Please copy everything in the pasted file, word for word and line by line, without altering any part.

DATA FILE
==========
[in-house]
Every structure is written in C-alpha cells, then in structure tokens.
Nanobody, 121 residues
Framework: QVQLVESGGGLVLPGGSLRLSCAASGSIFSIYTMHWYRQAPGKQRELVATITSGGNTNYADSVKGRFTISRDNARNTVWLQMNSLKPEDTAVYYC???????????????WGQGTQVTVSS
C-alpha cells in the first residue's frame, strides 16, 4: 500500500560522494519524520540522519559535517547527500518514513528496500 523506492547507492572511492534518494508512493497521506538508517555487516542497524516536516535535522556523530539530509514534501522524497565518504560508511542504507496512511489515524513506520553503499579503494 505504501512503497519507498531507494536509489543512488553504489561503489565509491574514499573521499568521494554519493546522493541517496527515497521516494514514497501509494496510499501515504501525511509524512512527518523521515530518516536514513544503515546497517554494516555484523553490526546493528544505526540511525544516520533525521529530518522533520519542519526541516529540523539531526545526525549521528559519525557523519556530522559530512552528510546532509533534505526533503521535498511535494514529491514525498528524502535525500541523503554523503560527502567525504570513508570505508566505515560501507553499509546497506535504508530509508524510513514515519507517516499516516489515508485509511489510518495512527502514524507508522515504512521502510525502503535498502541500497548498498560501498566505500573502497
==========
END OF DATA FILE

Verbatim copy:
[in-house]
Every structure is written in C-alpha cells, then in structure tokens.
Nanobody, 121 residues
Framework: QVQLVESGGGLVLPGGSLRLSCAASGSIFSIYTMHWYRQAPGKQRELVATITSGGNTNYADSVKGRFTISRDNARNTVWLQMNSLKPEDTAVYYC???????????????WGQGTQVTVSS
C-alpha cells in the first residue's frame, strides 16, 4: 500500500560522494519524520540522519559535517547527500518514513528496500 523506492547507492572511492534518494508512493497521506538508517555487516542497524516536516535535522556523530539530509514534501522524497565518504560508511542504507496512511489515524513506520553503499579503494 505504501512503497519507498531507494536509489543512488553504489561503489565509491574514499573521499568521494554519493546522493541517496527515497521516494514514497501509494496510499501515504501525511509524512512527518523521515530518516536514513544503515546497517554494516555484523553490526546493528544505526540511525544516520533525521529530518522533520519542519526541516529540523539531526545526525549521528559519525557523519556530522559530512552528510546532509533534505526533503521535498511535494514529491514525498528524502535525500541523503554523503560527502567525504570513508570505508566505515560501507553499509546497506535504508530509508524510513514515519507517516499516516489515508485509511489510518495512527502514524507508522515504512521502510525502503535498502541500497548498498560501498566505500573502497